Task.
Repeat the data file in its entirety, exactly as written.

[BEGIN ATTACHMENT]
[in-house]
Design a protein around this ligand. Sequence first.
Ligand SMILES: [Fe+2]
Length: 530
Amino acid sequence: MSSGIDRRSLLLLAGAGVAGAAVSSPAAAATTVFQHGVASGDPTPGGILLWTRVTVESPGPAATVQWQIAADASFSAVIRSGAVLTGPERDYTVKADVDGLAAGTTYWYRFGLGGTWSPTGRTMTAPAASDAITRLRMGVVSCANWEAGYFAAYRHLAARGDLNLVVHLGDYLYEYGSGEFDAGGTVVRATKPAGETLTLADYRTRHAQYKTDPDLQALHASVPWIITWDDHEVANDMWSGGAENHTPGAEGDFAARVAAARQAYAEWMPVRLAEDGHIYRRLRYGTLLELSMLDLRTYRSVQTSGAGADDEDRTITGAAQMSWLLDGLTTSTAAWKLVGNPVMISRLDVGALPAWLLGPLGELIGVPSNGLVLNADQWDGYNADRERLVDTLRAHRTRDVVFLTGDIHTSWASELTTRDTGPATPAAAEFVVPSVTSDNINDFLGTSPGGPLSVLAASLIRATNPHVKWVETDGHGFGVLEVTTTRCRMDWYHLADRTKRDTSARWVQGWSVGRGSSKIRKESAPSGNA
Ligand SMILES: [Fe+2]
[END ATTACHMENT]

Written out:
[in-house]
Design a protein around this ligand. Sequence first.
Ligand SMILES: [Fe+2]
Length: 530
Amino acid sequence: MSSGIDRRSLLLLAGAGVAGAAVSSPAAAATTVFQHGVASGDPTPGGILLWTRVTVESPGPAATVQWQIAADASFSAVIRSGAVLTGPERDYTVKADVDGLAAGTTYWYRFGLGGTWSPTGRTMTAPAASDAITRLRMGVVSCANWEAGYFAAYRHLAARGDLNLVVHLGDYLYEYGSGEFDAGGTVVRATKPAGETLTLADYRTRHAQYKTDPDLQALHASVPWIITWDDHEVANDMWSGGAENHTPGAEGDFAARVAAARQAYAEWMPVRLAEDGHIYRRLRYGTLLELSMLDLRTYRSVQTSGAGADDEDRTITGAAQMSWLLDGLTTSTAAWKLVGNPVMISRLDVGALPAWLLGPLGELIGVPSNGLVLNADQWDGYNADRERLVDTLRAHRTRDVVFLTGDIHTSWASELTTRDTGPATPAAAEFVVPSVTSDNINDFLGTSPGGPLSVLAASLIRATNPHVKWVETDGHGFGVLEVTTTRCRMDWYHLADRTKRDTSARWVQGWSVGRGSSKIRKESAPSGNA
Ligand SMILES: [Fe+2]